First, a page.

On his first day in office Mayor Nutter announced his intention to make Philadelphia “the greenest city in America.” Now, four years later, with his Greenworks plan in full swing, the Mayor has proven he’s serious. Our Green City, Clean Waters program is revolutionizing how cities handle their ancient stormwater systems. The growing number of urban gardens and farms is making access to local, fresh foods not just possible, but commonplace. Our recycling program is actually making money. And our plans for energy efficiency, whether through retrofits, new construction or renewable energy sources, are promising to significantly reduce our reliance on traditional fossil fuels. Recently, Grid had the chance to catch up with the Mayor and talk with him about his connection to Philadelphia parks, his at-home recycling habits and why there’s still hope for solar projects in the city.
It’s really remarkable how much has happened in the last four years with sustainability in Philadelphia. What is allowing these changes to happen now?
Mayor Nutter: When I was a fourth district councilperson, 60 percent of the Fairmount Parks system was located within the district I represented. I’m from Philadelphia, I played in our parks. I played in our rec centers. I swam in our swimming pools. You know, Philly is my town. The Schuylkill, the Delaware, Wissahickon Creek, all these waterways and green spaces are things that I grew up with. So, one, I know about them. Two, I care about them. And three, I’m in a position to actually do something about them.
We cannot forget that Philadelphia was William Penn’s green country town. There’s a reason for that. There’s a reason for the parks system, which was basically created to protect our water supply. There’s a reason for the Waterworks. There’s a reason that Philadelphia was and has been a leader in these areas. It’s just a part of our history. I’ve made it an essential component of what our city government is about.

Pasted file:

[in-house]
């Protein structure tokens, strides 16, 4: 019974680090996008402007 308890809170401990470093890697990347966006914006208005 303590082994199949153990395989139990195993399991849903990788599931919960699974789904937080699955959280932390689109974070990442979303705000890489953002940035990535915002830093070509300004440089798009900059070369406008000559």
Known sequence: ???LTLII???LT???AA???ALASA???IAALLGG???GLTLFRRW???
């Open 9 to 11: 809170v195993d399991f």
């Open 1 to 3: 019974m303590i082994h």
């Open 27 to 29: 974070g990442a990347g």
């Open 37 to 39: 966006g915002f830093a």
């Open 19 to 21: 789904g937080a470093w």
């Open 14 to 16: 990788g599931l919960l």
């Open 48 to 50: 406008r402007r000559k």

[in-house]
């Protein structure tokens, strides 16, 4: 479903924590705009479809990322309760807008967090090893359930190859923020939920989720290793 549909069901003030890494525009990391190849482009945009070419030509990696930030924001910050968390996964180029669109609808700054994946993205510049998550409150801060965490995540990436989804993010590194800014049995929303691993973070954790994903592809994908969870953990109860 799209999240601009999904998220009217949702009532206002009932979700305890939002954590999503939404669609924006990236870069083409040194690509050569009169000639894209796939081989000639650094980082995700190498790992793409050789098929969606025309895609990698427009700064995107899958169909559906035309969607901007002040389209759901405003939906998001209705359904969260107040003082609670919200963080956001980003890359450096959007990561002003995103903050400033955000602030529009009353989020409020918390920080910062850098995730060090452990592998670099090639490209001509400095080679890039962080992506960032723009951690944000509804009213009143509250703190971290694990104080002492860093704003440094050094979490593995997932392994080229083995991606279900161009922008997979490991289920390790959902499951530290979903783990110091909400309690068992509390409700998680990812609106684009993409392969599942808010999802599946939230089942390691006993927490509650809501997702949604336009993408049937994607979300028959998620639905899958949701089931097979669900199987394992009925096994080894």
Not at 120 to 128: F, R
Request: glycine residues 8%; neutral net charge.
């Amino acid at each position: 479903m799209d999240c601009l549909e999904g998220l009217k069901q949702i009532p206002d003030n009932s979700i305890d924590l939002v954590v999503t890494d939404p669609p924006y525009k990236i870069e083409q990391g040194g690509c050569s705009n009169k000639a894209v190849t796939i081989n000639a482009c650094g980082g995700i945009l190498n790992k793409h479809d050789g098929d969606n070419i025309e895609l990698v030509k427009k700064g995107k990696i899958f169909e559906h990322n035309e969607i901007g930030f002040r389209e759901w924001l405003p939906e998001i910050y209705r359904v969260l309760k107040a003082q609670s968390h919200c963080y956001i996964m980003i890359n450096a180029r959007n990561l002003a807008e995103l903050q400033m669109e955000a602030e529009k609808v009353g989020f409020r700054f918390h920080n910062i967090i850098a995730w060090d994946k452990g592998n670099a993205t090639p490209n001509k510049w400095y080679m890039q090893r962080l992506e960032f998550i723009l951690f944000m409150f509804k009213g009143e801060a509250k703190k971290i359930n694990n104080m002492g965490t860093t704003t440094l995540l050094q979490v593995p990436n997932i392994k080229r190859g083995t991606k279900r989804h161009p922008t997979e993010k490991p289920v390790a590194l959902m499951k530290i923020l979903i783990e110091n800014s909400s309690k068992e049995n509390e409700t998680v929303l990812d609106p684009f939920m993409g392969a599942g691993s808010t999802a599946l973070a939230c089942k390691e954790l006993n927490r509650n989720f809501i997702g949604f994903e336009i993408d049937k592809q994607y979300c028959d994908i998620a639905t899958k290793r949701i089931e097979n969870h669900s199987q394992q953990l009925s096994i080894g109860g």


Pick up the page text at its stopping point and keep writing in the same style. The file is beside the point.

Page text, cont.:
I have great team of leaders—Chief Sustainability Officer Katherine Gajewski, Deputy Mayor of Transportation and Utilities Rina Cutler, Mike DiBerardinis, Deputy Mayor for Community and the Environment. All of these leaders know how to get a job done. We’re committed as a team to these goals.
I think people get it. They understand what this is about and we’ve been consistent with it. They know it just wasn’t last week’s idea. It’s a part of how we run the government. People responded to the challenge. I think Philadelphians are excited that our recycling rate has tripled; that we’re actually making money from recycling…. And, because our recycling rate has gone up, the companies have had to hire more people to sort through the recycling. So it’s about jobs. And a big part of why I’m so focused on green economy, sustainability, energy usage and reduction, is the connection with jobs.
If people want to put new windows and doors and weatherization in their homes, someone has a job as a result of that. If we have more recycling, someone has a job as a result of that. You want solar panels or other alternative energy sources or if you want to put white roofs on peoples’ homes—we have 400,000 flat roofs in the City of Philadelphia because we have so many rowhomes—well someone has to do that work, it can’t be outsourced… It’s putting people to work and we’re saving money at the same time. You just have to be willing to make that investment up front, but you’re going to make that savings on the back end.
Talking about recycling, it’s been a huge win for the city, although it still has a long way to go. But what about composting? Does the city have any plans to implement a composting program?
MN: I think part of the challenge with composting in a very dense urban environment, like Philadelphia, goes back to the housing stock. With so many rowhomes—I grew up in a rowhome—[there’s] not much room in the backyard. So where do you put it? How does it function and operate? How do you collect it? How do you get to it? When I was a kid the City actually had two separate trash or garbage pickups. Trash was on the front and garbage was out the back. People came through the alley and picked up your garbage in a little pail, and actually all that food waste went to farms in New Jersey. That eventually got cut out.
We have regular trash and we have recycling. Not exactly sure at this point having another fleet of trucks going around, trying to deal with composting when our housing stock doesn’t really accommodate that kind of service. We’re not exactly sure the economics work out too well.